Movement is the operative principle of this story, which shifts quickly between several countries and decades. Many readers have remarked upon the disconcerting rapidity of these transitions, bringing narrative enjoyment to the foreground, but also perplexing us as to the overall shape of the story.
The novel's sense of movement is achieved not by progression, but by a constantly managed undercutting, which extends to character, theme, and judgement. We are told at the outset that this is the story of the Duchess Sanseverina, but, at least initially, its hero appears to be her idealistic nephew, Fabrice. Yet his principled bravery is not allowed to stand either; arriving at Waterloo his expectation of the camaraderie of war is undermined when his compatriots steal his horse. In the parts of the novel where summaries of a period of years alternate with passages spanning only hours, limpidity of duration is matched by an eievation of perspective—these range from the bell tower of Fabrice's childhood church, to the Farnese Tower in which he is incarcerated at the heart of the story. With imprisonment as its central theme, Stendhal's extreme freedom with the narrative seems resonantly undermining. As theme defeats theme, and one aspect of narrative technique shows up the limitations of another, the novel operates according to its own exhilarating logic.



The Red and the Black



Set in France in the 1830s, Le Rouge et le Noir chronicles Julien Sorel's duplicitous rise to power and hissubsequentfall.The son of a carpenter.Julien seeks initially to realize his Napoleonic ambitions by joining the priesthood. Despite some torrid liaisons during his training, Julien succeeds in becoming a priest and eagerly accepts the invitation of the Marquis de la Mole to become his personal secretary. Even Julien's affair with the Marquis' daughter, Mathilde, is the occasion of his ennoblement so that he can marry her without scandal. Before Julien has an opportunity to enjoy his aristocratic life, however, the Marquis receives from Mme de Renal (another of Julien's conquests when he was training for the priesthood) a letter that exposes him as a fraud. Prevented from marrying Mathildejulien exacts revenge.
Sometimes perceived as a bit too melodramatic to appeal to modern literary taste. The Red and the Black is immensely important in terms of the development of the novel as an art form. On the one hand it is a tale very much in the Romantic tradition. Sorel may be unscrupulous and roguish in the pursuit of his ambitions, yet set against a petty and constraining bourgeois French society, his energy and sheer gumption often lure the reader into a reluctant rapport. It is in Stendhal's narrative style, however, that this novel has proved to be most influential. In largely being told from the vantage point of each character's state of mind, the novel's convincing psychological realism prompted Emile Zola to proclaim it the first truly "modern" novel. It is for this reason, apart from the fact that it is a rollicking good yarn, that The Red and the Black should be reserved a place on every serious reader's bookshelf.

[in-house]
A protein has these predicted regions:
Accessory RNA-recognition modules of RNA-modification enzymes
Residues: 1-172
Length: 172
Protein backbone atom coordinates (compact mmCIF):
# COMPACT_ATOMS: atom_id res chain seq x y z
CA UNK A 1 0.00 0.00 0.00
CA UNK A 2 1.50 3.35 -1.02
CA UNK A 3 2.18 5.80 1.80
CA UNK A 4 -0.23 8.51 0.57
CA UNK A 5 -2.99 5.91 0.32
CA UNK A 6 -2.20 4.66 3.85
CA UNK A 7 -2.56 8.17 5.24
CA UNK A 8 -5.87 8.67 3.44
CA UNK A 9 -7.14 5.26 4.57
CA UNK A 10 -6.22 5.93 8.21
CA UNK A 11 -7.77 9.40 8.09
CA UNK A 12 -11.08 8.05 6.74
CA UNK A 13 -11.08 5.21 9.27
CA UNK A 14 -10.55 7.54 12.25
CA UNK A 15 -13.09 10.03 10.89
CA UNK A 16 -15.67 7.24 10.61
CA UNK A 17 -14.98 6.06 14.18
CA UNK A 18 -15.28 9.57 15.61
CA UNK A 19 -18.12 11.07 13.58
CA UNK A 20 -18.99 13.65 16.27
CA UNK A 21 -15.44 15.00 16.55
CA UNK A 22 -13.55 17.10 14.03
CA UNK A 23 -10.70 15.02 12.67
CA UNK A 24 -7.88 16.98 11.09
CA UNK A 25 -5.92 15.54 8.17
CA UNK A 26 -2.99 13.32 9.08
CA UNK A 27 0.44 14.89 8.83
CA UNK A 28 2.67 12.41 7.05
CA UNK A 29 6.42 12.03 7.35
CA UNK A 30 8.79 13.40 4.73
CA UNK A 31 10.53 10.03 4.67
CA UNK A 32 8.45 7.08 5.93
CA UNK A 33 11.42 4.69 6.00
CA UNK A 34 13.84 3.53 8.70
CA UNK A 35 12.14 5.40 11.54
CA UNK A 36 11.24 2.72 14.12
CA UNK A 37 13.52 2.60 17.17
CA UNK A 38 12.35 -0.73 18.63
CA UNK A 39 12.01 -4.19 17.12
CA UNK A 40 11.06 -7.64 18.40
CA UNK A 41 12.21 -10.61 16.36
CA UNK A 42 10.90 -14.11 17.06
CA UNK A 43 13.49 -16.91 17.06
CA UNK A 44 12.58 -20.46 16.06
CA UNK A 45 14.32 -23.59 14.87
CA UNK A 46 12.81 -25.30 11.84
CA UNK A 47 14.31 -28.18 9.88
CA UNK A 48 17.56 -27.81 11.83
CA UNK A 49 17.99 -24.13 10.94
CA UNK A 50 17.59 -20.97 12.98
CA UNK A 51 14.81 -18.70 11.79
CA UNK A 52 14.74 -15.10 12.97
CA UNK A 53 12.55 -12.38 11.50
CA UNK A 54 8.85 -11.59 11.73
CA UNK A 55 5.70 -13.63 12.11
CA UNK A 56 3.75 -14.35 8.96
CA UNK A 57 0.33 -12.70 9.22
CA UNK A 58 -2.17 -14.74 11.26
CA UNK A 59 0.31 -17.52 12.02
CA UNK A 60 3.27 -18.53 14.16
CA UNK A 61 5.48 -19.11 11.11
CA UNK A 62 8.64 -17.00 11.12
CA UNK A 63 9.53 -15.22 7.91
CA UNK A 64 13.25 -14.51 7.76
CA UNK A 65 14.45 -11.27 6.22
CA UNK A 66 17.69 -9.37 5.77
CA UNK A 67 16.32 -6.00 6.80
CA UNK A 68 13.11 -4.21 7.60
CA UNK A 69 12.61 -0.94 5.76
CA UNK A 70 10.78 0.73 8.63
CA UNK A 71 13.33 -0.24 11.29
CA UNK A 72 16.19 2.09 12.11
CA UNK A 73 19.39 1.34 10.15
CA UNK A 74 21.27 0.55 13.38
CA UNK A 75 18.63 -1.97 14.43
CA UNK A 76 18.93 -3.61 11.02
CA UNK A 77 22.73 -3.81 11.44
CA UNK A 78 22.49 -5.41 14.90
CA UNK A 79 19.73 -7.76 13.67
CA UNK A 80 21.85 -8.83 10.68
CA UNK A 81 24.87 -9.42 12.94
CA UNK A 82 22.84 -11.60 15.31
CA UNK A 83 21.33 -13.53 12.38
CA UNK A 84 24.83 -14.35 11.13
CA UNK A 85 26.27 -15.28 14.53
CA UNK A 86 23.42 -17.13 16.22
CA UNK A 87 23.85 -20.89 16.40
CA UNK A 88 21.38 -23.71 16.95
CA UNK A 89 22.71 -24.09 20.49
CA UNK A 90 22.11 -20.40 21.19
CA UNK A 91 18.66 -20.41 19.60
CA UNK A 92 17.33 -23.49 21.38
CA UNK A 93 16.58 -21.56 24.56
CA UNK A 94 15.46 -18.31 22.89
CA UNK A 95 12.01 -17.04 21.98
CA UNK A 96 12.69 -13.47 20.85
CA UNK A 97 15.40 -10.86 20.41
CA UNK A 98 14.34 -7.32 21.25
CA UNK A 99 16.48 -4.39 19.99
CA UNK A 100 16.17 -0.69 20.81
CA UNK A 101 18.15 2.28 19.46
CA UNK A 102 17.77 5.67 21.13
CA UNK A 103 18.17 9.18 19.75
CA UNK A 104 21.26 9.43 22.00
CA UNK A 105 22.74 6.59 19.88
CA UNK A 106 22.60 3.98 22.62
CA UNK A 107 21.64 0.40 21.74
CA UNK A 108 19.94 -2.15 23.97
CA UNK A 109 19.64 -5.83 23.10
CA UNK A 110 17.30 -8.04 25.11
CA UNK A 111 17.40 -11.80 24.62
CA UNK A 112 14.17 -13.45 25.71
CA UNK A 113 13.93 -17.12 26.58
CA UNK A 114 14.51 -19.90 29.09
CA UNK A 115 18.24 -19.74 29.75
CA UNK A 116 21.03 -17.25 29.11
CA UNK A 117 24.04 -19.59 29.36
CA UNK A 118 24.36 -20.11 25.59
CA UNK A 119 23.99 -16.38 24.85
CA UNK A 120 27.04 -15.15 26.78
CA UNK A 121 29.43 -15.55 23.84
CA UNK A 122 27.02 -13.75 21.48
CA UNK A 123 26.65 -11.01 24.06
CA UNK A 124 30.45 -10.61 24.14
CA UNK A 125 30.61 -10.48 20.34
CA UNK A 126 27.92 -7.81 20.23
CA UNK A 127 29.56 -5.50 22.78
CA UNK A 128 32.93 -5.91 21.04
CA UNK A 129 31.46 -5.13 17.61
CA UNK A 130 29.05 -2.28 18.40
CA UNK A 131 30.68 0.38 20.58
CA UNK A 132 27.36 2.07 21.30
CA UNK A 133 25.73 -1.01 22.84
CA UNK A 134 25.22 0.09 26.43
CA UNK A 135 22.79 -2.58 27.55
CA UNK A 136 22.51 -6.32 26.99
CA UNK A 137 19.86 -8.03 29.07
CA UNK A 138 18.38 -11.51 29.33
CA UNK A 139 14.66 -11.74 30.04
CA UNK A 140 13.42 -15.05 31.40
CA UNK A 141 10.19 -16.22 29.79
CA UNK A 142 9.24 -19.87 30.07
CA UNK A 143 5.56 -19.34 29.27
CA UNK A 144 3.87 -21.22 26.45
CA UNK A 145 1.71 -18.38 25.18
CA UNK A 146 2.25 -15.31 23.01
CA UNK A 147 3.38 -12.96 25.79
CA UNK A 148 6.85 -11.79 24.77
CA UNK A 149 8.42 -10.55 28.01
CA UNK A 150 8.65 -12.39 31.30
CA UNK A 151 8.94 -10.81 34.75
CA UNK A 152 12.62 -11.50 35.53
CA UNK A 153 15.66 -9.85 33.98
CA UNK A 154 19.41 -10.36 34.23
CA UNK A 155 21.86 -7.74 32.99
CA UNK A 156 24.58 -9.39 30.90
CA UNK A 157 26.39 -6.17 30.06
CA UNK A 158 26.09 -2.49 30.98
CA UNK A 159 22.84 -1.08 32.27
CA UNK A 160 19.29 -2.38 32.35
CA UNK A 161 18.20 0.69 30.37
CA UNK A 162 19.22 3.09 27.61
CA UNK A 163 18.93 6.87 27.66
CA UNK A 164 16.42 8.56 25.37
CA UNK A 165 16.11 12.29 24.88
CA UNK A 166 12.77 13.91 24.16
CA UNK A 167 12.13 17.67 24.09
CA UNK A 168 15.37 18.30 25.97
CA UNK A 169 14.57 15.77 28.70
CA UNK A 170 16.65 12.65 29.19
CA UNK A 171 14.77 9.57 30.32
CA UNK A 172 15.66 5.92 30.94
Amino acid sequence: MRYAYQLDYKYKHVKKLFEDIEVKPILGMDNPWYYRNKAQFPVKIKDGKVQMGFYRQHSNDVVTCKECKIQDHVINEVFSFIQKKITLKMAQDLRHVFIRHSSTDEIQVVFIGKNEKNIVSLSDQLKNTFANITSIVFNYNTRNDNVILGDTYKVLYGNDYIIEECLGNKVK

Type of work: Novel
Author: Stendhal (Marie-Henri Beyle, 1783-1842)
Type of plot: Psychological realism
Time of plot: Early nineteenth century
Locale: France
First published: Le Rouge et le noir, 1830 (English translation, 1898)


In this novel whose chief character is a villain, Stendhal analyzes the psychological undercurrents of Julien Sorel's personality, showing how struggle and temptation shaped his energetic but morbidly introspective nature. The novel is considered Stendhal's greatest work, equally for its portrait ofSorel and its satire of French society during the Bourbon restoration.


Principal Characters

Julien Sorel (zhu-lyan' so-гёГ), a son of a lawyer but an opportunist whose brilliant intellect, great ambition, and self-pride elevate him for a time, only to defeat him in the end. The youthful protege of a local priest in the French town of Verieres, Julien becomes the beloved tutor of the mayor's children and the lover of that aristocratic official's wife. Brazen, hypocritical, but shrewd, this contradictory hero espouses Napoleonic sentiments yet believes that his own salvation is through the Church. Pushed by scandal into a seminary, he proudly stands aloof from its politics and manages to become a secretary to one of the first men in France. Though he is insensitive to all feelings, his intellect again raises him in esteem to the point where he seduces as well as is seduced by the nobleman's daughter, a lively, intellectual young woman. Playing both ends against the middle—the middle being a respected position and a respectable income—he brings about his own downfall through attempted murder of his first mistress after she has revealed his villainy to his noble benefactor.
Madame de Renal (da гё-паГ), Julien Sorel's first mistress and greatest love, a beautiful, compassionate, though bigoted woman. Although she vacillates always between religiosity and passion, she truly loves the ascetic-looking younger man and dies shortly after he has been executed for his attempt to kill her. Her allegiance to the tutor is the more remarkable because of her clever deceptions, necessary to prevent an immediate tragedy brought about by her husband's vindictiveness. In the end religiosity predominates; she is torn by anguish, remorse, and guilt and dies while embracing her children three days after the death of her lover.